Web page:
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The place is so heavily boarded up and in such a populated area that we did not find any signs of vandalism and attempted entry. The ground was covered in old leaves and a few pieces of trash.  Though there wasn’t much to see here, the most interesting part of this abandoned place was the drive-thru. Fast food restaurants are famous for their drive-thru service, and this one was still intact. Though the drive-up menu has been removed, the clearance bars are still hanging above it. You can actually walk through this abandoned drive-thru, right up to the now boarded up windows where people once paid and received their deep fried goodness. It was kind of a ghostly experience, imagining how many people had driven through here to receive their order. All of the signs for the drive through are still here, each one a simple shade of blue with white writing. There is one indicated “Exit Only” and “Entrance Only.” There is also a big for sale sign out front, though God knows how long that has been there.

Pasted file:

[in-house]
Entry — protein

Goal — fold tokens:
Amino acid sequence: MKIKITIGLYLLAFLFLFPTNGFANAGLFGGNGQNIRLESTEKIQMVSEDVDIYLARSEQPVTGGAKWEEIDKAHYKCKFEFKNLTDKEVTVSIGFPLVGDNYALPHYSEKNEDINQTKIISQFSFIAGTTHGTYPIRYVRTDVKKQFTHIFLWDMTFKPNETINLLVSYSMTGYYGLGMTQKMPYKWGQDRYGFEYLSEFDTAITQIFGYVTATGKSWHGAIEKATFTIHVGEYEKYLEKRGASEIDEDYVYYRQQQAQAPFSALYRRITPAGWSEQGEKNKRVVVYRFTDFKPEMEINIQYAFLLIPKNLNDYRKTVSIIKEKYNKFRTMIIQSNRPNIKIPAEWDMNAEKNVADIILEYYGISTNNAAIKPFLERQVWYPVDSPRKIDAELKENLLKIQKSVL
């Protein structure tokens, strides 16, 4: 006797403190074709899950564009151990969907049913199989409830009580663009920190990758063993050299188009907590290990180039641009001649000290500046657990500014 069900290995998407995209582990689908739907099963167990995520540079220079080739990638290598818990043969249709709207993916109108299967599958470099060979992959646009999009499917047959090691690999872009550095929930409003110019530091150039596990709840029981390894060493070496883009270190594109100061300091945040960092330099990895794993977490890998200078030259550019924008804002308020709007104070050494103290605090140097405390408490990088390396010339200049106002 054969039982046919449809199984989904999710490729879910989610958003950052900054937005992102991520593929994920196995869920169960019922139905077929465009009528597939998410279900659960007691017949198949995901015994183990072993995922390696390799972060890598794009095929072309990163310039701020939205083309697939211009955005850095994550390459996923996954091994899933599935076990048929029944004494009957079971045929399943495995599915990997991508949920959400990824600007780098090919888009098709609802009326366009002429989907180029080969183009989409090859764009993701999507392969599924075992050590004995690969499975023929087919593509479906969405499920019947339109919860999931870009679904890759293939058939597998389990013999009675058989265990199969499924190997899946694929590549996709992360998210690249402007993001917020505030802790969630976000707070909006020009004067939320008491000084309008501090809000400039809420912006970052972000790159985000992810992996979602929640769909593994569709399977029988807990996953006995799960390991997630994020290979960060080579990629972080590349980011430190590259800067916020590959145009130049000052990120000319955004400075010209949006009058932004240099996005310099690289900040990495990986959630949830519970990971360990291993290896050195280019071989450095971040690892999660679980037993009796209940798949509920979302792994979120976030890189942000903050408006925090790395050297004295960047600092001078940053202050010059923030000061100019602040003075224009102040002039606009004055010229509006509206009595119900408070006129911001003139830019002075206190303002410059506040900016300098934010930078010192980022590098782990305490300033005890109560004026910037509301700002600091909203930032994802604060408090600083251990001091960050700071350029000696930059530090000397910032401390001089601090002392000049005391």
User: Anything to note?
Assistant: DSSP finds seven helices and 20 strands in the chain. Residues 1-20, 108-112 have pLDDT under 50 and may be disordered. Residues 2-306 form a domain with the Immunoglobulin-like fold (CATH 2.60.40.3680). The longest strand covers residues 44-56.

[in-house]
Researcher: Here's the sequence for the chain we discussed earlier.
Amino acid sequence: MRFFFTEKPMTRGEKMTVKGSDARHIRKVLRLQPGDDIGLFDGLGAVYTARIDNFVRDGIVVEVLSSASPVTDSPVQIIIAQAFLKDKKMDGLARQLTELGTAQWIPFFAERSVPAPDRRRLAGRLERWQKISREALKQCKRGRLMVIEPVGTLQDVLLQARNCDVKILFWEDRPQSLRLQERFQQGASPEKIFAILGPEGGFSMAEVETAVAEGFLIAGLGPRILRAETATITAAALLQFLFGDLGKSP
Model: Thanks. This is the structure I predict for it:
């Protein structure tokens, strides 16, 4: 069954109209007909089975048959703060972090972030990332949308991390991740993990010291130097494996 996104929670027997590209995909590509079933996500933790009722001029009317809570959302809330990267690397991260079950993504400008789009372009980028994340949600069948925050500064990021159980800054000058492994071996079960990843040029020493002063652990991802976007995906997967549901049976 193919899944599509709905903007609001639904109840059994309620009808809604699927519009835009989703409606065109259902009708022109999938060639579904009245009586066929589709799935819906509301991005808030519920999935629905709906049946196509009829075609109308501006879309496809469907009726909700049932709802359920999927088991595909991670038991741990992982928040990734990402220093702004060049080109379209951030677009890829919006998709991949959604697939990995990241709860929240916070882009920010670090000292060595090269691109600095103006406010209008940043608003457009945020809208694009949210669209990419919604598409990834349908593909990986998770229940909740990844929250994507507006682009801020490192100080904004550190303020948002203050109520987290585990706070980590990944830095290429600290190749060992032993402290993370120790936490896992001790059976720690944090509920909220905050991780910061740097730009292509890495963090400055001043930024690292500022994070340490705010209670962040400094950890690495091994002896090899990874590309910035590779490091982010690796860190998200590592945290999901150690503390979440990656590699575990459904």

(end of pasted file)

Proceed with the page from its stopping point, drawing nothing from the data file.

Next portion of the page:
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Since we were unable to get inside, the abandoned Burger King is just a giant boarded up building. Our rule has always been never to break into a place, but we will go in if someone else before us has already broken in. This former fast food joint is clearly pretty protected. There are several security service stickers posted upon the outer walls, and a rather wealthy neighborhood of private condos lies right beside it. Though there is a large for sale sign out front, whether it will ever return to its former glory is another question. The answer to that question doesn’t look too promising, as the building slowly begins to crumble. It is now a mere shell of a once proud member of the fast food chain. Their slogan has always been “Have it your way,” but things clearly didn’t go the way they wanted them to. There are no more orders to be made here. The reign of the Burger King is over.

Comments
  1. Rob says:

    What is the address of this location? I need the exterior of a fast food drive-thru for a short film I’m making

    Like